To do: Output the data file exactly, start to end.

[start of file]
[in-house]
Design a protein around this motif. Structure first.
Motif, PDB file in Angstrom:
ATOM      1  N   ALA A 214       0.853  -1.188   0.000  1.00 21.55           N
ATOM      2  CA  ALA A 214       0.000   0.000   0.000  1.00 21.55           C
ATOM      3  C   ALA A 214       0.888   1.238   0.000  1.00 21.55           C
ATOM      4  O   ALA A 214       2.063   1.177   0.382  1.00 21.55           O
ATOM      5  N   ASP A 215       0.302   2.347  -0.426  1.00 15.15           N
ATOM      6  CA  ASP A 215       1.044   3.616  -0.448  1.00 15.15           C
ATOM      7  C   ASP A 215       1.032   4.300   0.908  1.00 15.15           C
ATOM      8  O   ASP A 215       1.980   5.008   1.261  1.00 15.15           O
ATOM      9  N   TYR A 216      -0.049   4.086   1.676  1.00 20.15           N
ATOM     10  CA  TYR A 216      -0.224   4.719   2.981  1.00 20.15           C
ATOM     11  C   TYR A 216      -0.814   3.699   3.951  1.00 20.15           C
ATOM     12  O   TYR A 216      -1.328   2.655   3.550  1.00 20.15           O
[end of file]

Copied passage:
[in-house]
Design a protein around this motif. Structure first.
Motif, PDB file in Angstrom:
ATOM      1  N   ALA A 214       0.853  -1.188   0.000  1.00 21.55           N
ATOM      2  CA  ALA A 214       0.000   0.000   0.000  1.00 21.55           C
ATOM      3  C   ALA A 214       0.888   1.238   0.000  1.00 21.55           C
ATOM      4  O   ALA A 214       2.063   1.177   0.382  1.00 21.55           O
ATOM      5  N   ASP A 215       0.302   2.347  -0.426  1.00 15.15           N
ATOM      6  CA  ASP A 215       1.044   3.616  -0.448  1.00 15.15           C
ATOM      7  C   ASP A 215       1.032   4.300   0.908  1.00 15.15           C
ATOM      8  O   ASP A 215       1.980   5.008   1.261  1.00 15.15           O
ATOM      9  N   TYR A 216      -0.049   4.086   1.676  1.00 20.15           N
ATOM     10  CA  TYR A 216      -0.224   4.719   2.981  1.00 20.15           C
ATOM     11  C   TYR A 216      -0.814   3.699   3.951  1.00 20.15           C
ATOM     12  O   TYR A 216      -1.328   2.655   3.550  1.00 20.15           O